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The Trail: 2012 Presidential News from the Field / Sunday Shows

Santorum's Surge Comes With Scrutiny

Now Atop the Polls, Santorum is Already Being Asked to Defend His Record

Republican presidential candidate former Pennsylvania Sen. Rick Santorum speaks during a Republican presidential debate Tuesday, Oct. 18, 2011, in Las Vegas. (AP Photo/Chris Carlson)(AP Photo/Chris Carlson)

photo of Dan  Friedman
January 1, 2012

A late surge by Rick Santorum ahead of Tuesday’s Iowa caucuses will expose the former Pennsylvania senator to increased scrutiny, which could be problematic if he stumbles over explaining his positions. In fact, poor answers could sink Santorum as fast as he rose.

As early as this morning, when he hit the Sunday talk show circuit, Santorum was getting questions about Congressional earmarks, abortion rights and his support for former Massachusetts Gov. Mitt Romney in 2008—all topics that could pose stumbling blocks in the days ahead, when voters make their decisions.

A solid finish Tuesday could propel Santorum in other primary states where delegates are actually at stake. But it could also hasten a repeat of the trajectory of other GOP presidential hopefuls who rose and quickly fell as alternatives to Romney.

 

Contributing to the chance of such a trajectory is Santorum’s vow Sunday to campaign in New Hampshire’s primary, where he has relatively little support and where his emphasis on social issues has less appeal than states like South Carolina.

Still, Santorum has momentum heading into Tuesday’s caucus, after a Des Moines Register poll released on Saturday showed him third in the race with the support of 15 percent of likely Caucus voters, trailing Romney and Rep. Ron Paul, R-Texas. In the last two days the survey was in the field, Santorum finished in second place with 21 percent, ahead of Paul.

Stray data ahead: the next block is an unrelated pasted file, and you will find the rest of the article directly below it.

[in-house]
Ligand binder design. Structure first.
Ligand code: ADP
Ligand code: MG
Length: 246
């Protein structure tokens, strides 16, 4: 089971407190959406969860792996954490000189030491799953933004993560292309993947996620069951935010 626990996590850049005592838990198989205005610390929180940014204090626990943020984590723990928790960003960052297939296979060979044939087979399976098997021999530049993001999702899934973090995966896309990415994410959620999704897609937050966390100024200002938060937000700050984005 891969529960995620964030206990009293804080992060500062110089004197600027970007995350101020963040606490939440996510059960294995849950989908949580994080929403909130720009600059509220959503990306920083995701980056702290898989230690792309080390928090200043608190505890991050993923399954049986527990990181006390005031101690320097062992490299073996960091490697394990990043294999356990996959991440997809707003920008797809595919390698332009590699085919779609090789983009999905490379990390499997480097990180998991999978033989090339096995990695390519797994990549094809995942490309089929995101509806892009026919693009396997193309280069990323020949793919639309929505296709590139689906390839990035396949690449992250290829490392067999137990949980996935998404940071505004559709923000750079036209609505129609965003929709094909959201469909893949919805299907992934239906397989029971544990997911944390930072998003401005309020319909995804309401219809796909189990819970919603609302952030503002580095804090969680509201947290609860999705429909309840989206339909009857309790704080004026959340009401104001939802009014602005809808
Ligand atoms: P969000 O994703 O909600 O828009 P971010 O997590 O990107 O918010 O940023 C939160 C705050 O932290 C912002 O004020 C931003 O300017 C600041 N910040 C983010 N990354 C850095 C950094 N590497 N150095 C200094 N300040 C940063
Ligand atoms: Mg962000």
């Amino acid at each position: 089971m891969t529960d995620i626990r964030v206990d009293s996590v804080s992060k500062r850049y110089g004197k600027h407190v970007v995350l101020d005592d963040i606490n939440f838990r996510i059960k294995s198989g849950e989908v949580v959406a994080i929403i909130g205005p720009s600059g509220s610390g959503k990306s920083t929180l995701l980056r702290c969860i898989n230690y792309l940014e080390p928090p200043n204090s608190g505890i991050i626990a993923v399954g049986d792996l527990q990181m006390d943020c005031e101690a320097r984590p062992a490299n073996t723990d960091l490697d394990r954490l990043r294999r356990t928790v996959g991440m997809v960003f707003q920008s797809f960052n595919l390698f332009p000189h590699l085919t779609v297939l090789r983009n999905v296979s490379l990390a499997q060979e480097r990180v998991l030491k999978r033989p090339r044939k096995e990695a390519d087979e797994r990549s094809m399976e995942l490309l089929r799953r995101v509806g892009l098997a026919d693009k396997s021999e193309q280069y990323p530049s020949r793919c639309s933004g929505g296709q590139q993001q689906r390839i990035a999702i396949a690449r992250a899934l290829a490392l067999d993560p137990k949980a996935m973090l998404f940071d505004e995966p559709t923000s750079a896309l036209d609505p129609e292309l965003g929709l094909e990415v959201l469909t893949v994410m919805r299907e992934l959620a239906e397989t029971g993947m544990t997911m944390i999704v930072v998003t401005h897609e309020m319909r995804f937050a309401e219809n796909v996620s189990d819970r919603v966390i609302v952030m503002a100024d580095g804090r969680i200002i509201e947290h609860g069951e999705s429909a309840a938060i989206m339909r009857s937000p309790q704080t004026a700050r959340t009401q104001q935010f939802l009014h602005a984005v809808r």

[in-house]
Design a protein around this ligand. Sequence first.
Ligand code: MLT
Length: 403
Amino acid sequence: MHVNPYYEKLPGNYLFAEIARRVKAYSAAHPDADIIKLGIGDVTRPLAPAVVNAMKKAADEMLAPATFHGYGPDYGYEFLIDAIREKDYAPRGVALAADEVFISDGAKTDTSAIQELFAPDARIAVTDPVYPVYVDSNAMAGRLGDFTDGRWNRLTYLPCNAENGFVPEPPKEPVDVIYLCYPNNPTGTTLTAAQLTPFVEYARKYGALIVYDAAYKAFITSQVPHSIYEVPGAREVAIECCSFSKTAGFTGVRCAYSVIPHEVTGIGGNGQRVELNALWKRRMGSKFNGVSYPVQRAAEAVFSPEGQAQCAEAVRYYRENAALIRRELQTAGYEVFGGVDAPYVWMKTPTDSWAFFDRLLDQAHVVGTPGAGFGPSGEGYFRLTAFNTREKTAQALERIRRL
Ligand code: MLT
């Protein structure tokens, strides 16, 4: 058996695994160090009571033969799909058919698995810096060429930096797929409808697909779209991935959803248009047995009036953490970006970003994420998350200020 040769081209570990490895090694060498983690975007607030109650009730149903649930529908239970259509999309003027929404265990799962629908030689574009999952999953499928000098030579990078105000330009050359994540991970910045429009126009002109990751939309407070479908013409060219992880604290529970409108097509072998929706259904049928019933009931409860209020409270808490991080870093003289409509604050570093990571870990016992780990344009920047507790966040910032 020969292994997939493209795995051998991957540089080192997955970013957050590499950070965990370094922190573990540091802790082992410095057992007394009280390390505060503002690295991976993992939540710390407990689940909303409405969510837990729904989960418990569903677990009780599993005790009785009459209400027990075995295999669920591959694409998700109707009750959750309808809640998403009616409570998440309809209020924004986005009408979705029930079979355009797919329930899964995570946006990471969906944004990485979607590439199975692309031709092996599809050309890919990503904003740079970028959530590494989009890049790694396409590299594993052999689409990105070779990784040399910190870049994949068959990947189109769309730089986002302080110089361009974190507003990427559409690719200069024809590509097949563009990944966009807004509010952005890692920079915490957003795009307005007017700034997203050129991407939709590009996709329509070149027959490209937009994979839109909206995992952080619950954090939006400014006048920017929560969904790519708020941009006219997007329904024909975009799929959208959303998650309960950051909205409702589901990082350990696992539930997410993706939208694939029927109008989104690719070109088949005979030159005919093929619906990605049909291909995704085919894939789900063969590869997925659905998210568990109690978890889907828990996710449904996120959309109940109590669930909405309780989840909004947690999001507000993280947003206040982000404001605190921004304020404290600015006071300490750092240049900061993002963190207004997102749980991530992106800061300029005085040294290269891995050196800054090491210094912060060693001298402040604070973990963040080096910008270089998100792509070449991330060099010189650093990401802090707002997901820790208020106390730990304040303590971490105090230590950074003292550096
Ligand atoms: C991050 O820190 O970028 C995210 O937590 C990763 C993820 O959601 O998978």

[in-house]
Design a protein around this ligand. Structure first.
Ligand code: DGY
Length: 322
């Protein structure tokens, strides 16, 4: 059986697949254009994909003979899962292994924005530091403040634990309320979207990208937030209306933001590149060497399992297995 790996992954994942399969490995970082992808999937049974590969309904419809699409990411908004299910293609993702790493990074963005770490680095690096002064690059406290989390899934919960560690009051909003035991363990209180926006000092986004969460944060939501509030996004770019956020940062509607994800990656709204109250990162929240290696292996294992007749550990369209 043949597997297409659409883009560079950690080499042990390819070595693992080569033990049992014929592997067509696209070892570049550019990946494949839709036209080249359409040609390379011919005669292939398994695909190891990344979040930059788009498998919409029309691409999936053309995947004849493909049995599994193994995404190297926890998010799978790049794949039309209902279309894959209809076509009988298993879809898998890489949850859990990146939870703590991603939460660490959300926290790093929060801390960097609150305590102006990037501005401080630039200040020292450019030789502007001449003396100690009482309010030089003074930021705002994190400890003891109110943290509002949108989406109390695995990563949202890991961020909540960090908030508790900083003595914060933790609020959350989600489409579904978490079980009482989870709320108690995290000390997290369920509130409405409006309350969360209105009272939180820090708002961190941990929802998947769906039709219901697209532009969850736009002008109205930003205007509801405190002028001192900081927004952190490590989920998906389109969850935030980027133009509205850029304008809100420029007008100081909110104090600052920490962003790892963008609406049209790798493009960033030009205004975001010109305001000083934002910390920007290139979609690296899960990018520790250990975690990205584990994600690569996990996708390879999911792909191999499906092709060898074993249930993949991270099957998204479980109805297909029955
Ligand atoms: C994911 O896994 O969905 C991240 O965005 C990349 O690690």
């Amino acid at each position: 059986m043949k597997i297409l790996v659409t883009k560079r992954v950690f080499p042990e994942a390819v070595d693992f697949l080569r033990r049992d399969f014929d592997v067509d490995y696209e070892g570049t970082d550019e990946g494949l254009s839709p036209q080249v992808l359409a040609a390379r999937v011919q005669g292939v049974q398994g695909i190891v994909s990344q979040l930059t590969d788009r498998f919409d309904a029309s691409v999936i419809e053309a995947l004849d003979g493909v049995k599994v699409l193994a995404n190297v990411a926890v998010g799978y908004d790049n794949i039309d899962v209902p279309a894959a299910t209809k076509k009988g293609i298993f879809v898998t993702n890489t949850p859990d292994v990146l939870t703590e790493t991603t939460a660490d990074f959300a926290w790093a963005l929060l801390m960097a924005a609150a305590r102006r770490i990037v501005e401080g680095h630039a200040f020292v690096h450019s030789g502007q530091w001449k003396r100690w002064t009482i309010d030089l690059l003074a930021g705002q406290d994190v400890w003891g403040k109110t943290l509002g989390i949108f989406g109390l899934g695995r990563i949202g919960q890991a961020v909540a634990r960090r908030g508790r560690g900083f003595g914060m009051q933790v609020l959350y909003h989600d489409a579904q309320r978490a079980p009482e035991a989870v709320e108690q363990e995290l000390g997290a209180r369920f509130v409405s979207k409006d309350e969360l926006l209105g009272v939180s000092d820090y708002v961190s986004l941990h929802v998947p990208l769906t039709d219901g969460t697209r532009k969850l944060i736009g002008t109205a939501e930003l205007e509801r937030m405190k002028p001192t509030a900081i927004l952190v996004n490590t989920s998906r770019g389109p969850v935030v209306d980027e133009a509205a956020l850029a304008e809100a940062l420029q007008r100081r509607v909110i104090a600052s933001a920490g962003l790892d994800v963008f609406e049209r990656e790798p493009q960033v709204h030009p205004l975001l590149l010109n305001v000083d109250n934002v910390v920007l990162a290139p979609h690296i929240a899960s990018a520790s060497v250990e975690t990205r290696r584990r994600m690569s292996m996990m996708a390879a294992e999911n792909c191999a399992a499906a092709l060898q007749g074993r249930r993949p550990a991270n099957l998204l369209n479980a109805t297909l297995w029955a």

After the rise and fall of Rep. Michele Bachmann, R-Minn., Texas Gov. Rick Perry, businessman Herman Cain and former House Speaker Newt Gingrich, R-Ga., in polls, Santorum is Republican hopeful of the moment and attention will rise with a strong finish Tuesday.

Without his surge, Americans would probably not have seen Santorum struggle Sunday on NBC’s Meet the Press to square his attacks this year on Romney with a 2008 endorsement in which he touted Romney’s conservative bona fides.

Santorum said he backed Romney only as the best alternative to Sen. John McCain, R-Ariz., at the time. “It was relative to McCain,” he said.

“I did not think he was the right person based on my experience and deep knowledge of his record,” Santorum said.

Santorum struggled to define other positions on Sunday as well. Asked about his support during a failed 2006 Senate reelection bid for exceptions to abortion restrictions in cases of rape and incest, Santorum said he has always “supported laws that move the ball forward” such a ban on partial-birth abortions. “That doesn’t mean that’s my position,” he said.

Pressed about having sought earmarks for his state, while in the Senate, Santorum said an increase in federal spending changed the situation. “When I left Congress, budgets began to explode,” he said.

Earmarks have never accounted for a significant portion of the federal budget, and an increase in federal spending was well underway before Santorum left Congress in 2007.

However, Santorum on Sunday continued to defend earmarking, arguing that, “there is a legitimate role for Congress to allocate resources.”

A Santorum surge will also highlight the candidate’s rare effort to campaign for president after being trounced in his last run for a lesser office. Santorum lost a 2006 reelection fight to Sen. Bob Casey, D-Pa., by 19 percentage points.

Santorum alluded to that loss, along with his poor national poll numbers, in explaining why he has not received, or, he said, sought endorsements from former congressional colleagues.

“Who goes from losing in their last Senate race to winning the presidential nomination?” he said.

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